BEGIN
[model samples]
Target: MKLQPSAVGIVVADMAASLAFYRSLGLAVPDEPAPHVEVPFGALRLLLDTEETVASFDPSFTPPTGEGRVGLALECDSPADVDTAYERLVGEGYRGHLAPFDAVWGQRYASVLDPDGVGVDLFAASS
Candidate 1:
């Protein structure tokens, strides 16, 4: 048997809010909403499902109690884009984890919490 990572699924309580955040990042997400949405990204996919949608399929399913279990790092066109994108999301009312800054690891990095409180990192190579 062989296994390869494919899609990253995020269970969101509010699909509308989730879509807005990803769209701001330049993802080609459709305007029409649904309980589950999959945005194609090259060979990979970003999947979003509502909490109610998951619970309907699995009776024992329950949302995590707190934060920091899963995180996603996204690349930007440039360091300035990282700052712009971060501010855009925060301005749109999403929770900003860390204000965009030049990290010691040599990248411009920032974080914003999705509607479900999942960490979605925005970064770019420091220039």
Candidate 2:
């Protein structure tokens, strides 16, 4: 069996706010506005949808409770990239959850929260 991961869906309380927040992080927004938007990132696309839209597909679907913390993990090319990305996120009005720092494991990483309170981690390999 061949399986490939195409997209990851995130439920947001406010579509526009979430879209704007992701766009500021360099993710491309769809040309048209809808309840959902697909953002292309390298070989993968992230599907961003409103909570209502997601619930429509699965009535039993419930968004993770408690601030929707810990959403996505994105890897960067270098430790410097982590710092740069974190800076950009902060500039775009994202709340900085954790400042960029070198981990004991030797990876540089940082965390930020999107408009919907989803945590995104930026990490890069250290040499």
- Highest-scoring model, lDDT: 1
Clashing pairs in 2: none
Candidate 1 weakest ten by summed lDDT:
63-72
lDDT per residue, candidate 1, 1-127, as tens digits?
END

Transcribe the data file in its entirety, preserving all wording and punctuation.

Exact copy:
[model samples]
Target: MKLQPSAVGIVVADMAASLAFYRSLGLAVPDEPAPHVEVPFGALRLLLDTEETVASFDPSFTPPTGEGRVGLALECDSPADVDTAYERLVGEGYRGHLAPFDAVWGQRYASVLDPDGVGVDLFAASS
Candidate 1:
């Protein structure tokens, strides 16, 4: 048997809010909403499902109690884009984890919490 990572699924309580955040990042997400949405990204996919949608399929399913279990790092066109994108999301009312800054690891990095409180990192190579 062989296994390869494919899609990253995020269970969101509010699909509308989730879509807005990803769209701001330049993802080609459709305007029409649904309980589950999959945005194609090259060979990979970003999947979003509502909490109610998951619970309907699995009776024992329950949302995590707190934060920091899963995180996603996204690349930007440039360091300035990282700052712009971060501010855009925060301005749109999403929770900003860390204000965009030049990290010691040599990248411009920032974080914003999705509607479900999942960490979605925005970064770019420091220039």
Candidate 2:
């Protein structure tokens, strides 16, 4: 069996706010506005949808409770990239959850929260 991961869906309380927040992080927004938007990132696309839209597909679907913390993990090319990305996120009005720092494991990483309170981690390999 061949399986490939195409997209990851995130439920947001406010579509526009979430879209704007992701766009500021360099993710491309769809040309048209809808309840959902697909953002292309390298070989993968992230599907961003409103909570209502997601619930429509699965009535039993419930968004993770408690601030929707810990959403996505994105890897960067270098430790410097982590710092740069974190800076950009902060500039775009994202709340900085954790400042960029070198981990004991030797990876540089940082965390930020999107408009919907989803945590995104930026990490890069250290040499």
- Highest-scoring model, lDDT: 1
Clashing pairs in 2: none
Candidate 1 weakest ten by summed lDDT:
63-72
lDDT per residue, candidate 1, 1-127, as tens digits?